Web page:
How much were Victorian footballers paid? The answer, up until the mid-1880s, was nothing - officially, at least. Professionalism was banned, and it was illegal to pay players. But many clubs made unofficial payments, offering new signings undemanding employment at local firms, time off to play football, inflated expenses, and – in some cases – illicit signing-on and match fees.
Two key incidents forced the issue of payment of players into the open. The first was the punishment of the Sheffield ‘Zulu’ team, which had received payments for playing exhibition matches. The second was the expulsion of Preston North End from the 1883-84 FA Cup for overt professionalism. FA secretary CW Alcock (right) recognised that football was changing, and he pushed through the legalisation of professionalism in 1885.
After payment became legal, the wages paid to Victorian footballers varied widely. In the 1880s, some early professionals were being paid as little as 4s per week (around £10 in today's money), while by the end of the 1890s, star players at top teams could earn up to £10 per week (around £500 today).
In the main, footballers were much better paid than general workers. By 1890, the average footballer was earning four times more than a general labourer, and more than many skilled workers. Footballers’ wages increased at a much faster rate than those of general workers as the popularity of the sport grew. By 1900, footballers earned 10 times more than general labourers.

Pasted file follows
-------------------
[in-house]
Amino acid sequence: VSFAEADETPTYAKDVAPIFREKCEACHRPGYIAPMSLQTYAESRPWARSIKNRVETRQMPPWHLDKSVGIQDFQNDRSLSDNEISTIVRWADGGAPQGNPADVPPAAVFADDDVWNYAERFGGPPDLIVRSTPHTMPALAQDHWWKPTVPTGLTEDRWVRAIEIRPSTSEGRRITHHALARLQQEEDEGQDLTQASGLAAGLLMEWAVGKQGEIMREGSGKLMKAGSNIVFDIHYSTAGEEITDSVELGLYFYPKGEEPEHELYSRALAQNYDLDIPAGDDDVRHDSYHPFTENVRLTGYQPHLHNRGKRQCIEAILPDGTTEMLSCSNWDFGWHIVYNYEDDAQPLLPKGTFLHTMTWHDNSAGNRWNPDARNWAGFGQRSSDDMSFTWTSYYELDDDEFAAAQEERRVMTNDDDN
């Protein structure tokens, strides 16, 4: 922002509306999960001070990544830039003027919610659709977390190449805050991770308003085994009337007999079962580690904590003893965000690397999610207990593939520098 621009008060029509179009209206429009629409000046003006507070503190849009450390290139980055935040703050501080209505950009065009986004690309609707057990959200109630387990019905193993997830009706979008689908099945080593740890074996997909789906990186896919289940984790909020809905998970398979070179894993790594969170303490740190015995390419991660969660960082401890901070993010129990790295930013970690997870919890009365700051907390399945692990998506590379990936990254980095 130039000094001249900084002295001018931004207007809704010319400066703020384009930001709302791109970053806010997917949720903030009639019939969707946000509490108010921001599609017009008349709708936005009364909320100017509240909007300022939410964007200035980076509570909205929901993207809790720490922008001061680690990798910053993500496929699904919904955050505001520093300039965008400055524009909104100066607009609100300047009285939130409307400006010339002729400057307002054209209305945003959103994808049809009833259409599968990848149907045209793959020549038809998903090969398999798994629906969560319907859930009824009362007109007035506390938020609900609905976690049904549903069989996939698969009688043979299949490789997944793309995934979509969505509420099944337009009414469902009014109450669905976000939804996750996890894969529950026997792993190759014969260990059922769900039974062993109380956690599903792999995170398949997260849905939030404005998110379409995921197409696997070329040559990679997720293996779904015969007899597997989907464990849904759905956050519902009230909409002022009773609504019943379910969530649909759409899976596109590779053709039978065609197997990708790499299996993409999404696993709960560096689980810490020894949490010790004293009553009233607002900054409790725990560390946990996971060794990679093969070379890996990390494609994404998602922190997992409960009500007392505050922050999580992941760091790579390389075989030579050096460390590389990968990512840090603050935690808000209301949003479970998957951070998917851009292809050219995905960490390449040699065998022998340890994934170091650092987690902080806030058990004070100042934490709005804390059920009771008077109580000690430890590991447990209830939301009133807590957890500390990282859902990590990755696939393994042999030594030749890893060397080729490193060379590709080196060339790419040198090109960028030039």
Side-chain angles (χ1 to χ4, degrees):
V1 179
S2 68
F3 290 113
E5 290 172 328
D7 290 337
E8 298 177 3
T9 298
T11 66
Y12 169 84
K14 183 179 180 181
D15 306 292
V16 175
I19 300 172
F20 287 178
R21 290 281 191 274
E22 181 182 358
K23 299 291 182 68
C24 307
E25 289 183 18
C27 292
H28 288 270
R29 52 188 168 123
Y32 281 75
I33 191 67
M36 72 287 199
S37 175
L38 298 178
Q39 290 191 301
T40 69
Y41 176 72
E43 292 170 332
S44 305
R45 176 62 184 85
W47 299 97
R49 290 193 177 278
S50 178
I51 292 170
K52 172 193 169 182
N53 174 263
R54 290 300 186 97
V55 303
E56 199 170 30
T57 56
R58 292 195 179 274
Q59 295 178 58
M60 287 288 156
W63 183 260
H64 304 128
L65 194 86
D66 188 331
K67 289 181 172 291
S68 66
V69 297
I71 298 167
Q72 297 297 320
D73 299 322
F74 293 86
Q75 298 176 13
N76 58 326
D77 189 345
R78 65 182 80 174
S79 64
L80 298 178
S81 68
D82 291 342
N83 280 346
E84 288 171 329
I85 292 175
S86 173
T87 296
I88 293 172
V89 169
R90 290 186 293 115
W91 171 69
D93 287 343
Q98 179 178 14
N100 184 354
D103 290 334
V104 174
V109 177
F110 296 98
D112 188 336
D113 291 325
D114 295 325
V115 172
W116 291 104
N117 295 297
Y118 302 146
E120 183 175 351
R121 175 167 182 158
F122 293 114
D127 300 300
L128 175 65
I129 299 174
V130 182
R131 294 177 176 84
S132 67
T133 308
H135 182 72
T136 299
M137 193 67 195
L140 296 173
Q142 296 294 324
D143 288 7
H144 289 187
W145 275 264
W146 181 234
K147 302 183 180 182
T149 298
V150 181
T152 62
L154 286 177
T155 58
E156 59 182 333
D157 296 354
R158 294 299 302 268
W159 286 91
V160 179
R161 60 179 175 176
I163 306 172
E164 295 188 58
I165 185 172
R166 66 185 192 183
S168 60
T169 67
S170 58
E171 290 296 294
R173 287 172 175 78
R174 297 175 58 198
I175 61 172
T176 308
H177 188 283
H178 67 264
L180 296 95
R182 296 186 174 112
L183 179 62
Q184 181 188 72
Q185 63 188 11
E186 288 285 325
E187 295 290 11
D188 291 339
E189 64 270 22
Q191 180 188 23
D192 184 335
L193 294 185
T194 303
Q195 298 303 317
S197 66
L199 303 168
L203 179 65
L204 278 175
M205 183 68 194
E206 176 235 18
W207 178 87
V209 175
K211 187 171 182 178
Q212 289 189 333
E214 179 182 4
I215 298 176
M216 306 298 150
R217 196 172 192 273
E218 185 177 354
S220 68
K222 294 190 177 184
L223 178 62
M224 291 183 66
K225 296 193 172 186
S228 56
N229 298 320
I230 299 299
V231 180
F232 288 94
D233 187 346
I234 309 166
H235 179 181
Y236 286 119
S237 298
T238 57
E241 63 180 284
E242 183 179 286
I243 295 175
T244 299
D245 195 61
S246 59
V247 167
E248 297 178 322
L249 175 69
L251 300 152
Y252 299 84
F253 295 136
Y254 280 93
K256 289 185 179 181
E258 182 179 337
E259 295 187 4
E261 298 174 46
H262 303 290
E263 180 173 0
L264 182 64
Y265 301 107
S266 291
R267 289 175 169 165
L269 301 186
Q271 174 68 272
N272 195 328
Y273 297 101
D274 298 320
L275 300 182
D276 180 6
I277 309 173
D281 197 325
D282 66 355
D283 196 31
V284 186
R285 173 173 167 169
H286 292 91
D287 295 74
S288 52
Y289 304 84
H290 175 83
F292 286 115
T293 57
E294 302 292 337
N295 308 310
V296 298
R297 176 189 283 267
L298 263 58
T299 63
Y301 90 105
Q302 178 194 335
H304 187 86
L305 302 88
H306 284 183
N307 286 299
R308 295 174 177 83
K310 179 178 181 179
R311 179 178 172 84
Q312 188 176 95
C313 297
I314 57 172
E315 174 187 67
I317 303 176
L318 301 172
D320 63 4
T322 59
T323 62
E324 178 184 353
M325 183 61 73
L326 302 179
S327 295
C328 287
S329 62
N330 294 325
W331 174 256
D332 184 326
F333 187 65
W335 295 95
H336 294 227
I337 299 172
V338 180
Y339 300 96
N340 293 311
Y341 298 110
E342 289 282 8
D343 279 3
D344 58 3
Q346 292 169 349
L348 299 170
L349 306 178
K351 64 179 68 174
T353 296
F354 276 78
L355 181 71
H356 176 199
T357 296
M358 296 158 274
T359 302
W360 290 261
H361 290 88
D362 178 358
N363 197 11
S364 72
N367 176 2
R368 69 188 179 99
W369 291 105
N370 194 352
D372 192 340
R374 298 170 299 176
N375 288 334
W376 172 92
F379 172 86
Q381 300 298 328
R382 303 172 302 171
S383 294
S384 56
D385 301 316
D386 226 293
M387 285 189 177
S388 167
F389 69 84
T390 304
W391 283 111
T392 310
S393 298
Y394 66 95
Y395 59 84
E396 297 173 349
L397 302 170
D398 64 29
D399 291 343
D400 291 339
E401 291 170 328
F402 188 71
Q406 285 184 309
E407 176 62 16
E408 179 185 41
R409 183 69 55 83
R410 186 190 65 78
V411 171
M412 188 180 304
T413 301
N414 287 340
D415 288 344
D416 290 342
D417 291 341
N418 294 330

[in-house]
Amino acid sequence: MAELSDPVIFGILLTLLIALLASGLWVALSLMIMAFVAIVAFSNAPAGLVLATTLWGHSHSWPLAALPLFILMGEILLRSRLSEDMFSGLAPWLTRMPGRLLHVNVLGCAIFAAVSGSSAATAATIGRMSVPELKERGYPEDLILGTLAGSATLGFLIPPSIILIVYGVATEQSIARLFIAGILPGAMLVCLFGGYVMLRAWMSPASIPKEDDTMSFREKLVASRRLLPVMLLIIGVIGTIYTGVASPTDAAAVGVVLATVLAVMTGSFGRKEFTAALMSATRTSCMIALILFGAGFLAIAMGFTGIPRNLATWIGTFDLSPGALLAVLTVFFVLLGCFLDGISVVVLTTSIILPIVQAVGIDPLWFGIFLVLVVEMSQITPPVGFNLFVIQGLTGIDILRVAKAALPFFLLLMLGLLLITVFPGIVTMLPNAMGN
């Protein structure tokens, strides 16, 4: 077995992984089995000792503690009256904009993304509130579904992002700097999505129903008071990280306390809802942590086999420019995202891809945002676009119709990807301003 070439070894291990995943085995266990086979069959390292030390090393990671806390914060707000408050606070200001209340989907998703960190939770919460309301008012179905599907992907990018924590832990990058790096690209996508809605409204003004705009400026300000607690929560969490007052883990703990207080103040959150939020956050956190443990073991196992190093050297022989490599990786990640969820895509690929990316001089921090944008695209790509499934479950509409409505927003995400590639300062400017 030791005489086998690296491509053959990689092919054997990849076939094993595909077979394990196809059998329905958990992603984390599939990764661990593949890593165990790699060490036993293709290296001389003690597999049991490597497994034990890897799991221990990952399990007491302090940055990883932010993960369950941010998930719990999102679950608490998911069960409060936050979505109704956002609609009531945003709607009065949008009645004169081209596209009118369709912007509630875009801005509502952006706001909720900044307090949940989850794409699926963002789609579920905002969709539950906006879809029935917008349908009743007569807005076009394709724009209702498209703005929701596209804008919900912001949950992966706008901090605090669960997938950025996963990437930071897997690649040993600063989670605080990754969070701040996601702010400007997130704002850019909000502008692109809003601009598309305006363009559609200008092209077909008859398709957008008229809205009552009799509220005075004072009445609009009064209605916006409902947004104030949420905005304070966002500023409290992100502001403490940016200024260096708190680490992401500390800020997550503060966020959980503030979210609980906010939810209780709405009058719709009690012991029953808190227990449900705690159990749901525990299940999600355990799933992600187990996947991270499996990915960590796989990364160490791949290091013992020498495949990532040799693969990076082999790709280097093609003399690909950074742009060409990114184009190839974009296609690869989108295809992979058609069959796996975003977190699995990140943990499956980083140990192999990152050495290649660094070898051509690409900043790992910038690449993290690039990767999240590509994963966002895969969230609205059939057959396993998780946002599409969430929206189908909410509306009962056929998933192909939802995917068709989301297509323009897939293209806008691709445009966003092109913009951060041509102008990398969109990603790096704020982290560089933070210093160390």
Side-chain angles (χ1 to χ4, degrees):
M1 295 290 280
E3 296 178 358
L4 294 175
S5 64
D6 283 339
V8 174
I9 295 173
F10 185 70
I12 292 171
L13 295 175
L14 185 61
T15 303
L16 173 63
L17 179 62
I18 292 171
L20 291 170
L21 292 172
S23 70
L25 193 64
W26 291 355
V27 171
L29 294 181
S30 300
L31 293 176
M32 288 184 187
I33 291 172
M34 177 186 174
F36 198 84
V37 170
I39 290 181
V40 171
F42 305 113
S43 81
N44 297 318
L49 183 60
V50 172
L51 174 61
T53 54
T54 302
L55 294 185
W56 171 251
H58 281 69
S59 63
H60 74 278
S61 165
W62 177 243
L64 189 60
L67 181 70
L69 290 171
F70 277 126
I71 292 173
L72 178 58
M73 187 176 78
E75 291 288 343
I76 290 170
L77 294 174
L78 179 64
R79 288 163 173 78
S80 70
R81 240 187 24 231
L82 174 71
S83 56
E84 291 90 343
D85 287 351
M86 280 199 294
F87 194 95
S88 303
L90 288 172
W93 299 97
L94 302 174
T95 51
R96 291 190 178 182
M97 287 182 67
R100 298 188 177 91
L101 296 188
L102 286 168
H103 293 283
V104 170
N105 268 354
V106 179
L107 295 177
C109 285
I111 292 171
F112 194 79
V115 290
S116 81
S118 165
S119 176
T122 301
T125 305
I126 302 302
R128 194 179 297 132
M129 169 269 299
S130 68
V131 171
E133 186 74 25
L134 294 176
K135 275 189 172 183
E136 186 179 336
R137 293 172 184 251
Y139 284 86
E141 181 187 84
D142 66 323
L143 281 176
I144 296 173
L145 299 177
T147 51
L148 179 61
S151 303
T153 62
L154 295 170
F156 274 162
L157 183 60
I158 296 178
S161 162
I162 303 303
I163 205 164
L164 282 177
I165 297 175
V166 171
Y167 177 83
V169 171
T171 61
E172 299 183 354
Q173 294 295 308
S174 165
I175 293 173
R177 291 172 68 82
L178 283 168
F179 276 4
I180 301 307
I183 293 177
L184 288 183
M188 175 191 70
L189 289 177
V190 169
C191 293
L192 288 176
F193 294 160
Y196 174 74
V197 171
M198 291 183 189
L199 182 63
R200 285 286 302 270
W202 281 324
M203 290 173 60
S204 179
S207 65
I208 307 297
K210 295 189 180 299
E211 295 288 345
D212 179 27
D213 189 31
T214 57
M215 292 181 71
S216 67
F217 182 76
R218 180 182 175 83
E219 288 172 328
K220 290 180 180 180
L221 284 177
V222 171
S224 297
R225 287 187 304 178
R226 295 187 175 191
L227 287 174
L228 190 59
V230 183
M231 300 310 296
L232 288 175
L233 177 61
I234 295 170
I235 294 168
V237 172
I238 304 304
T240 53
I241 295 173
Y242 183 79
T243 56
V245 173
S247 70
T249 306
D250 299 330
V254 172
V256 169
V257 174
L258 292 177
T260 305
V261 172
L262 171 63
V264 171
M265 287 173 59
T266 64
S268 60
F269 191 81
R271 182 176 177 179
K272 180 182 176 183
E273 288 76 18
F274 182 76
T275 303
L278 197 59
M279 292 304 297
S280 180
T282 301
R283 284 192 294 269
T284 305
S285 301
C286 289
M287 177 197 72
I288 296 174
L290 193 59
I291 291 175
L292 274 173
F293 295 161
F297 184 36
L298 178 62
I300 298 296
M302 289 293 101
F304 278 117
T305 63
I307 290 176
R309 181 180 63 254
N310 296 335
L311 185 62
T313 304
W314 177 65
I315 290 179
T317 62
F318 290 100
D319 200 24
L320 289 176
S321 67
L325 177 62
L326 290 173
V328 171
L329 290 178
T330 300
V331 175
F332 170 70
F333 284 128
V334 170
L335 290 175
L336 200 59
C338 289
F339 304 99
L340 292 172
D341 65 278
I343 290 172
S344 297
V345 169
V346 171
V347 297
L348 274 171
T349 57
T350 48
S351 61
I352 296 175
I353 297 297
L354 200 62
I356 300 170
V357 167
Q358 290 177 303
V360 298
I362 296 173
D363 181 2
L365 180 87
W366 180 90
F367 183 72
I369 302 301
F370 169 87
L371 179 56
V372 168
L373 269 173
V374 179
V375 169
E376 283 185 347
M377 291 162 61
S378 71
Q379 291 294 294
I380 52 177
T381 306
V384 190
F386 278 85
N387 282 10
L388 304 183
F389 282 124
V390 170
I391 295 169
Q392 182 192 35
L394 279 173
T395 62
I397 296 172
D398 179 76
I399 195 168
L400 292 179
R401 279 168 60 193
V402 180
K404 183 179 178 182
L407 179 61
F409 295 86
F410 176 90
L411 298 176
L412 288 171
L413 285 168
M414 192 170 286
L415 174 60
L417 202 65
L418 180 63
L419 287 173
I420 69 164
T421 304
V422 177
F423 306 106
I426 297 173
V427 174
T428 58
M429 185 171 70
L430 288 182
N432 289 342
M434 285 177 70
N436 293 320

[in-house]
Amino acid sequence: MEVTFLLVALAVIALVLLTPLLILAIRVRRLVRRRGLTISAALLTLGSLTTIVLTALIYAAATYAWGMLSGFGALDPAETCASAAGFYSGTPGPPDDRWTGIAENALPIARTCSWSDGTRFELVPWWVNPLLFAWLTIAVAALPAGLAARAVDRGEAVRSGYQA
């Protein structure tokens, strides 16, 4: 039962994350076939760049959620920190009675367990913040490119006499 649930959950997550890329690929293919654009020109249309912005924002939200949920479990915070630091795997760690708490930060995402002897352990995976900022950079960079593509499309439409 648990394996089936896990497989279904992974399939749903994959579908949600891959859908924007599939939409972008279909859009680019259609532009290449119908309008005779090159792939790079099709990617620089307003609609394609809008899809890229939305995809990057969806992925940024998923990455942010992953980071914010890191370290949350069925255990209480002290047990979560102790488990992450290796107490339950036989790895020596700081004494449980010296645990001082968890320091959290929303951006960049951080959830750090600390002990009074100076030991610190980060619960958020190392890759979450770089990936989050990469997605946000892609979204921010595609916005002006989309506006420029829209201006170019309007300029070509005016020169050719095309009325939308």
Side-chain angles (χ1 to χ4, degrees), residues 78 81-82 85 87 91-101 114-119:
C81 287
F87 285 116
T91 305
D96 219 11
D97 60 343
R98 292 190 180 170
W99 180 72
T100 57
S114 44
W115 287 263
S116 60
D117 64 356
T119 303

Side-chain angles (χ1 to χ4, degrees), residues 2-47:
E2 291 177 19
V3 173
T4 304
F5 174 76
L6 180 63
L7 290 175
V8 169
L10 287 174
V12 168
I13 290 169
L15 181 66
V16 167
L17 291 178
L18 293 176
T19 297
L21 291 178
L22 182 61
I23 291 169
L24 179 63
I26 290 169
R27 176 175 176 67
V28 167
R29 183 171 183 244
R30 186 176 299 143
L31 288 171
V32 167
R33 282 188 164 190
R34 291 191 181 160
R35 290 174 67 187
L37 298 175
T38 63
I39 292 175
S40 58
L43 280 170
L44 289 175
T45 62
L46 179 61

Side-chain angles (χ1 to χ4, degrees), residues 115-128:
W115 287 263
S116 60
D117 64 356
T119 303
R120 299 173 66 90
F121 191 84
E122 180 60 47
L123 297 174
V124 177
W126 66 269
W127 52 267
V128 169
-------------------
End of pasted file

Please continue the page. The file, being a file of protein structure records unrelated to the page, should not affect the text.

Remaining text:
Win bonuses were common, as were additional payments for extra games and expenses. Players were typically paid a reduced wage over the close season. Even after professionalism was legalised, many footballers retained their old jobs, and therefore had two streams of income.
However, there were restrictions placed on professional footballers. From 1893, any player registered with a Football League club could not move to another club without the initial club’s permission. This became known as the ‘retain and transfer’ system.
The introduction of this rule, plus proposals to introduce a maximum wage cap, moved leading players such as John Cameron of Everton and Jimmy Ross of Preston to form the Association Footballers’ Union. The AFU had 250 members, but wasn’t recognised by the FA nor the Football League.
Despite the AFU’s efforts, a maximum wage of £4 per week was introduced in 1901.
This is an edited extract from The Victorian Football Miscellany, available now from all good book shops.
How did we become football fans? Savage Enthusiasm: A History of Football Fans is the brand new book from Goal Post's Paul Brown, tracing the remarkable evolution of the fan from the earliest origins of the game right through to the present day.
It's available from Amazon.co.uk at the sale price of £10 (
RRP £12.99), and from Amazon stores worldwide.